Lines from Launch LA: Field Notes serves up the write stuff


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New trade show Launch LA, which opened its doors at Santa Monica Airport’s Barker Hangar, delivered on its promise to serve up a smartly curated mix of apparel, footwear and accessories that spoke to the Southern California lifestyle, but the first brand I want to highlight isn’t a clothing label. It’s a pocket-sized notebook.

To be honest, I’ve known about Field Notes for a while now, ever since my wife picked up a three-pack of the 48-page stapled graph paper memo books ($9.95) during a J. Crew shopping trip. It was part of the brand’s 50-state ‘County Fair’ collection and each of the blue, red and yellow covers (representing the ribbon colors awarded at a county fair) was printed with the name and outline of the state of California.


At first I didn’t think anyone would share my obsession with the retro-flavored, decidedly analog note-taking medium, but when I recently gave one to my sister-in-law and she immediately held it aloft and proclaimed it ‘so Wes Anderson,’ I realized she had a point.

Designed, printed and manufactured in the U.S. using the Futura typeface (this information is among the facts printed inside the back cover), they’re exactly the kind of thing you’d expect to see turn up in the hands of a character from Anderson’s latest movie, ‘Moonrise Kingdom.’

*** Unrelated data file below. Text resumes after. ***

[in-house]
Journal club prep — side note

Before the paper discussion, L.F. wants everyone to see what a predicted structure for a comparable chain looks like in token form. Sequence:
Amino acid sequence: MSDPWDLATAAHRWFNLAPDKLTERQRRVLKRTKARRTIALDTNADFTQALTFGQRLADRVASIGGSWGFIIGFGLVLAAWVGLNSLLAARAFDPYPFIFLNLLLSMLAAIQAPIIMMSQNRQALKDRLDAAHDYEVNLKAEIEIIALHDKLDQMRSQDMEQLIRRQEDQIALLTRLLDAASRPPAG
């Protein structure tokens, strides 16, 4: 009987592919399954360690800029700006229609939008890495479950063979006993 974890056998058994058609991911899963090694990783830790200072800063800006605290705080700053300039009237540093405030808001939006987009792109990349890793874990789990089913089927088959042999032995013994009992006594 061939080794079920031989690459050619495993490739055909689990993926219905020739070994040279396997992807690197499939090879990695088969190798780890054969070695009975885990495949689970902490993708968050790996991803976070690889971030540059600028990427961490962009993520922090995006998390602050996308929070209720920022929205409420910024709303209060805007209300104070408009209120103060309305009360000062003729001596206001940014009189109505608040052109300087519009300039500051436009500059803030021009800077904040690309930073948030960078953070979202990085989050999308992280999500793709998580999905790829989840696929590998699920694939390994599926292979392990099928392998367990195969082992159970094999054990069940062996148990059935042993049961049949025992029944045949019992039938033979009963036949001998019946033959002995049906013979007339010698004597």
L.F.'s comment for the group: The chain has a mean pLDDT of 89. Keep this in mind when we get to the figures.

In a partnership between Portland, Ore.-based Draplin Design Co. and Chicago-based Coudal Partners, Aaron Draplin found inspiration to create the 5-year-old company’s flagship product in the old-school agricultural memo book used by crop inspectors and farmers.

Michele Seiler, who was representing the brand at Launch LA, said J. Crew started stocking their wares several years ago. ‘We’d decided we didn’t want to go into stationery stores where we’d be competing with a bunch of other brands, and focused on men’s fashion stores where we’d be seen as a $10 add-on to a $100 purchase.’

And there is a certain element of seasonal style to the books, especially the limited-edition runs of specific colors (including neon hues for summer and icy whites for winter 2011) and themed editions like the aforementioned 2010 County Fair edition (which Seiler says has been so popular that it has been brought back as a permanent offering) and a red-covered fall 2011 ‘Fire Spotter’ edition (‘celebrating forestry and tall towers’).

The most recent, for spring 2012, which harks back to the memo books’ agricultural roots, is the ‘National Crop’ edition ($23.95): custom-boxed sets of six notebooks, each paying tribute to one of America’s top six (legal) crops; corn, soybeans, hay, wheat, cotton and sorghum. Each of the 7,500 boxes in the limited run also contains an embroidered logo patch.

Is it silly to fall in love with a tiny little memo book? Probably. But it’s a whole lot less silly than falling in love and not having some place to jot it down.

Local stockists can be found at the Field Notes website, which also offers an e-commerce option.


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-- Adam Tschorn